Ocean Cargo: Moody’s downgrades container shipping forecast

Bulk and breakbulk carriers are also suffering the consequences of too much capacity
By Patrick Burnson, Executive Editor
July 12, 2011 - LM Editorial

The container shipping industry is not the only segment of ocean carriage under severe pressure, said Moody’s Investors Service. Bulk and breakbulk carriers are also suffering the consequences of too much capacity.

According to reports on yesterday’s teleconference, it will be at least a year before demand catches up with supply in nearly all niche categories of vessel operations.

“The current dry-bulk order book is equal to approximately 46 percent of the tonnage on the water, and around 80 percent of these vessels are due for delivery over the next two years, creating a supply-demand imbalance that will continue to depress freight rates,” said Moody’s Corporate Finance Group vice president / senior credit officer Marco Vetulli.

On the container side, Moodys stated that the downside risks associated with oversupply have recently heightened on the back of a surge in orders for new vessels, “which is a significant contributor to the negative outlook.”

This mirrors recent reports in LM which noted that a mass movement toward fleet building in recent years has softened the revenue model.

“The deilemma is that each carrier is aware that its top priority is to be cost-competitive, even if the collective impact of individual orders for lower unit-cost vessels is weakening the market,” said Neil Dekker, editor of the Drewry’s Container Forecaster.
 
Moody’s expectations for the second half of 2011 remain neutral, however. Its report added that Japanese shipping conglomerates were feeling less of an impact because of their scale, diversification and strong relationships with customers act as mitigating factors.

For related articles click here.



About the Author

image
Patrick Burnson
Executive Editor

Patrick Burnson is executive editor for Logistics Management and Supply Chain Management Review magazines and web sites. Patrick is a widely-published writer and editor who has spent most of his career covering international trade, global logistics, and supply chain management. He lives and works in San Francisco, providing readers with a Pacific Rim perspective on industry trends and forecasts. You can reach him directly at .(JavaScript must be enabled to view this email address).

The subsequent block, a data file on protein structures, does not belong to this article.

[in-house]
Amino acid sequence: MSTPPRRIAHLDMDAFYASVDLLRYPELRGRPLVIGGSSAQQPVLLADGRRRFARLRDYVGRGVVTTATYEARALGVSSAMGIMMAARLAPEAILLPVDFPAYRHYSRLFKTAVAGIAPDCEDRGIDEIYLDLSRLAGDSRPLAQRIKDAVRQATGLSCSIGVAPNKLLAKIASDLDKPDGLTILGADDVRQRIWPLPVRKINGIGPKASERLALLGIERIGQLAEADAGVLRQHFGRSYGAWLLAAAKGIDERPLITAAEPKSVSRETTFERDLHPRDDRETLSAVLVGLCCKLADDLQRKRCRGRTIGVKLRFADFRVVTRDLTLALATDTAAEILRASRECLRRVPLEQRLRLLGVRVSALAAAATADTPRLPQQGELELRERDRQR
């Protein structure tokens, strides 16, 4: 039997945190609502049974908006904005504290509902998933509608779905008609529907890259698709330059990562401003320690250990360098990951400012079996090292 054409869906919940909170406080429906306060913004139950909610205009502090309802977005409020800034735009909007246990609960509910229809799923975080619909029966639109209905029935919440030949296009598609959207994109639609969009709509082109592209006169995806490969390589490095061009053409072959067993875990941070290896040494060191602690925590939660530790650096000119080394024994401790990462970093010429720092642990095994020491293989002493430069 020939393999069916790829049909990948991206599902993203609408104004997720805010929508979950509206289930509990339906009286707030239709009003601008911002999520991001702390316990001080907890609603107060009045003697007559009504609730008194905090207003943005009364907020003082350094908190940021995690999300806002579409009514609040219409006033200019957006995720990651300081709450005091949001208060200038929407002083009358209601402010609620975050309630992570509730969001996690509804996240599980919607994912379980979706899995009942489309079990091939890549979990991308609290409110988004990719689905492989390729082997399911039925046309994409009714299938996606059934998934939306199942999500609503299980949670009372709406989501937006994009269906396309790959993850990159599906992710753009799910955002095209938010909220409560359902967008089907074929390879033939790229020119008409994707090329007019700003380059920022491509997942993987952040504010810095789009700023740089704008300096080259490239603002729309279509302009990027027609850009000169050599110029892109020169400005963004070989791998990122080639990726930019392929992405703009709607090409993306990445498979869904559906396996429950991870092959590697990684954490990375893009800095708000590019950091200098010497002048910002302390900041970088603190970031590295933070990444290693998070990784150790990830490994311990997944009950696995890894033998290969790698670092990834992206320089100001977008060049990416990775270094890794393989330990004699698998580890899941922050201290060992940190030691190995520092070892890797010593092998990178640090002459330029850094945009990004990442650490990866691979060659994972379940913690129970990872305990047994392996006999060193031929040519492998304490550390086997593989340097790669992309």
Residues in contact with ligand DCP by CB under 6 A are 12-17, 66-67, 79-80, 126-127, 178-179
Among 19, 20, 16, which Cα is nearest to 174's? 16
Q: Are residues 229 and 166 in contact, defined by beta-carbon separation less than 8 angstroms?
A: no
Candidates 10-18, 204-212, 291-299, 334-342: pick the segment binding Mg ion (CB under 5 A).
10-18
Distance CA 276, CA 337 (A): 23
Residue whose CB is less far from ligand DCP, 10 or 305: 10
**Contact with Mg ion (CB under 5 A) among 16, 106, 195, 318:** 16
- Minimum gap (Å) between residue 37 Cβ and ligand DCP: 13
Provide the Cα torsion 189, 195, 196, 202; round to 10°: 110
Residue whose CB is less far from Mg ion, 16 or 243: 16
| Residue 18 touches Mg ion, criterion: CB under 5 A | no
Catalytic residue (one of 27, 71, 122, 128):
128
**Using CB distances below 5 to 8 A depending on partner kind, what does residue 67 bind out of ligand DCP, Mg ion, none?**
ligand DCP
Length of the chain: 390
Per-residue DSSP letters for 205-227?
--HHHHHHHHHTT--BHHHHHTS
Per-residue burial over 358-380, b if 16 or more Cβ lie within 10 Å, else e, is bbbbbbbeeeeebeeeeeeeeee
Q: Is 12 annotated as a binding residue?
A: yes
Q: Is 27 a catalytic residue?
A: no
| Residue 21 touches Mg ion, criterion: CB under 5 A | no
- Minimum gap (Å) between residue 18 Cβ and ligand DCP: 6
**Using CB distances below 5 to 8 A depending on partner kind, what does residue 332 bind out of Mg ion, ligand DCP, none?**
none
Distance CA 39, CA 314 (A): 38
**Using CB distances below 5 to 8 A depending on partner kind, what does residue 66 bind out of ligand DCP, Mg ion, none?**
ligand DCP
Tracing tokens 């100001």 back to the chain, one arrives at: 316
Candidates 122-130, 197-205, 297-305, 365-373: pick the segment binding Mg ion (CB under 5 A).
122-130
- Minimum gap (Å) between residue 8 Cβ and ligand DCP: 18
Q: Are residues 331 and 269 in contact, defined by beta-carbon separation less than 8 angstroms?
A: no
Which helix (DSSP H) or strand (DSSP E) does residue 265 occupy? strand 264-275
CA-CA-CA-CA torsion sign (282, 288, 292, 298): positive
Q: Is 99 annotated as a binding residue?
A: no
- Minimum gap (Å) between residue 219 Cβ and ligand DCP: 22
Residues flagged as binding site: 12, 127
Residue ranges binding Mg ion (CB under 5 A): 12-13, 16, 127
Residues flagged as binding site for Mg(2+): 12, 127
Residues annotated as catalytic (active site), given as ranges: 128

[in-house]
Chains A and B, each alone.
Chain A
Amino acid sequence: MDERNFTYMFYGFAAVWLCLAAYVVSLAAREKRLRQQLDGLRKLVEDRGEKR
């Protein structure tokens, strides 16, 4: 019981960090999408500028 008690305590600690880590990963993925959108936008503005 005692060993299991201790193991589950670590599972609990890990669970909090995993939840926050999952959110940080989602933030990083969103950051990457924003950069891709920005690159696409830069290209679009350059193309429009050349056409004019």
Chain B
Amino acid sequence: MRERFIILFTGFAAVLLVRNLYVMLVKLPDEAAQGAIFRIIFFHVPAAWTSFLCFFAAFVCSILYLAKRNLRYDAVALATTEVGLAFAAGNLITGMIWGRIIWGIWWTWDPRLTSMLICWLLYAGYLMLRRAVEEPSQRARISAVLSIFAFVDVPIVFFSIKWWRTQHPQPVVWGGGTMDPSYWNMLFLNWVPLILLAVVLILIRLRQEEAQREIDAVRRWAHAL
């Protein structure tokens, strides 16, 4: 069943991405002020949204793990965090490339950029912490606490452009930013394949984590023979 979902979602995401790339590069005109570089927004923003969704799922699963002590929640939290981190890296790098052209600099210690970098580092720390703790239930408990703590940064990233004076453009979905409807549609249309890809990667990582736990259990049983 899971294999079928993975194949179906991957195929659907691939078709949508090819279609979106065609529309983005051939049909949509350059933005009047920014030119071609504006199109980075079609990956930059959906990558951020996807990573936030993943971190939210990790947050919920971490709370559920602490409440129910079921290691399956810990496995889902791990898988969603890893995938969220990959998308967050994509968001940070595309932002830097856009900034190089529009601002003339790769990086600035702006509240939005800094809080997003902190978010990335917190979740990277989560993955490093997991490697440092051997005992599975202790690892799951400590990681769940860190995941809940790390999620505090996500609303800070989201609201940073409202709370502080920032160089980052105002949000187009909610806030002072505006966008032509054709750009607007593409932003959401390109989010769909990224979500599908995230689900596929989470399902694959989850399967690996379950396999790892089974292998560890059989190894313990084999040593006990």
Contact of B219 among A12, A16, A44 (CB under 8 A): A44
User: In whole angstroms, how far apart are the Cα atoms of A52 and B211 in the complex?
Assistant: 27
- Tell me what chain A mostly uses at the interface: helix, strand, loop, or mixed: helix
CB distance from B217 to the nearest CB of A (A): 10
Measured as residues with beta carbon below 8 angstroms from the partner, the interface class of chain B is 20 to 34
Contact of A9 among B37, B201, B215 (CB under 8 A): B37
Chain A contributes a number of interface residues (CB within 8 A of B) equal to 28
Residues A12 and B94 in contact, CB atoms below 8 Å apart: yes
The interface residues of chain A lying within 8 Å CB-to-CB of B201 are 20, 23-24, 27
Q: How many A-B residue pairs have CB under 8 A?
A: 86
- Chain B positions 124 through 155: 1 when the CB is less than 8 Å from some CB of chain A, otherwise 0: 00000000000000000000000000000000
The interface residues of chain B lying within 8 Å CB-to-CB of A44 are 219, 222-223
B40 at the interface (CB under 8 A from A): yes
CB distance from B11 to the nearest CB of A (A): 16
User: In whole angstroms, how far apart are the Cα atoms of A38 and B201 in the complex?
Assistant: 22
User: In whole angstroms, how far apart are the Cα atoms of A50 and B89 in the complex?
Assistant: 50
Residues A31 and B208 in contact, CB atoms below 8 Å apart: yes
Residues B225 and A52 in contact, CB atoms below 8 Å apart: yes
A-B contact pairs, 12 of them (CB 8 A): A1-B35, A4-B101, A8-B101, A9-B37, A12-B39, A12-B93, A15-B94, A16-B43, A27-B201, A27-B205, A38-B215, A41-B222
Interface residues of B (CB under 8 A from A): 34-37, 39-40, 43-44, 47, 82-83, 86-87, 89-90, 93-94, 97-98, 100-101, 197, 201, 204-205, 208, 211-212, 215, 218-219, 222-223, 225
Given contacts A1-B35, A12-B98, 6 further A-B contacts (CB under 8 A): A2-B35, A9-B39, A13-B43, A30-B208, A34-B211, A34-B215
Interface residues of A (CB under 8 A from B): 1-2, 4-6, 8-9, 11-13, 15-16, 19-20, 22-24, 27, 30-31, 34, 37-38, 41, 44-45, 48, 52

Subscribe to Logistics Management magazine

Subscribe today. It's FREE!
Get timely insider information that you can use to better manage your
entire logistics operation.
Start your FREE subscription today!

Recent Entries

AgTC will provide unique market intelligence at next annual meeting in San Francisco this June

With no fuel tax increase likely ahead of this year’s mid-term elections, trucking interests in Washington are moving to Plan B in their attempt to shore up funding for badly needed infrastructure improvements.

Crowley Maritime Corporation has acquired majority ownership of Accord Ship Management (HK) Limited and Accord Marine Management Pvt. Ltd.

To catch a rising economic tide this year, the Port of Long Beach will need to modernize and find new efficiencies to move increasing amounts of cargo at a faster pace, said experts gathered earlier this month for the Port’s 10th annual “Peak Season Forecast” at the Long Beach Convention Center.

About the Author

Patrick Burnson, Executive Editor
Patrick Burnson is executive editor for Logistics Management and Supply Chain Management Review. Patrick covers international trade, global logistics, and supply chain management. He lives and works in San Francisco, providing readers with a Pacific Rim perspective on industry trends and forecasts. Contact Patrick Burnson

Comments

Post a comment
Commenting is not available in this channel entry.


© Copyright 2013 Peerless Media LLC, a division of EH Publishing, Inc • 111 Speen Street, Ste 200, Framingham, MA 01701 USA